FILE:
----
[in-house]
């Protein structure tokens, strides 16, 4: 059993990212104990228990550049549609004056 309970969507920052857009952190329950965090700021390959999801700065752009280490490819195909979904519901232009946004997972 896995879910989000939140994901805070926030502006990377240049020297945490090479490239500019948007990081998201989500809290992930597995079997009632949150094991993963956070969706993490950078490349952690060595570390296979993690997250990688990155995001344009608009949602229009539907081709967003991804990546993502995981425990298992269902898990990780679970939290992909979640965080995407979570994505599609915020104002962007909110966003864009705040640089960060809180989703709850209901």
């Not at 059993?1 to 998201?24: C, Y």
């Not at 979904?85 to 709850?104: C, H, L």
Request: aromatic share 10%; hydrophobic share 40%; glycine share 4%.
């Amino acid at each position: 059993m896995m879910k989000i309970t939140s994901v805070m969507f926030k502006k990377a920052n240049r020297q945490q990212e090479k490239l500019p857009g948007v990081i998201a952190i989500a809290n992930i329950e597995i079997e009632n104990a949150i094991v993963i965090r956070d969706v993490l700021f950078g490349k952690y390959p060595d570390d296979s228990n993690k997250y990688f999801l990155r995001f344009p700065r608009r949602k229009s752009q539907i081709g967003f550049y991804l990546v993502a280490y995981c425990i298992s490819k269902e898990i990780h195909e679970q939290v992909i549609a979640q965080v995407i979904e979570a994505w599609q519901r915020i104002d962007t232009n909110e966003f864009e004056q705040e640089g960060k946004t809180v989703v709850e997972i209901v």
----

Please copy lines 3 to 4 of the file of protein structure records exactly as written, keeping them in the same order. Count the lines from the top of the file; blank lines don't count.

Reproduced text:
């Not at 059993?1 to 998201?24: C, Y």
């Not at 979904?85 to 709850?104: C, H, L």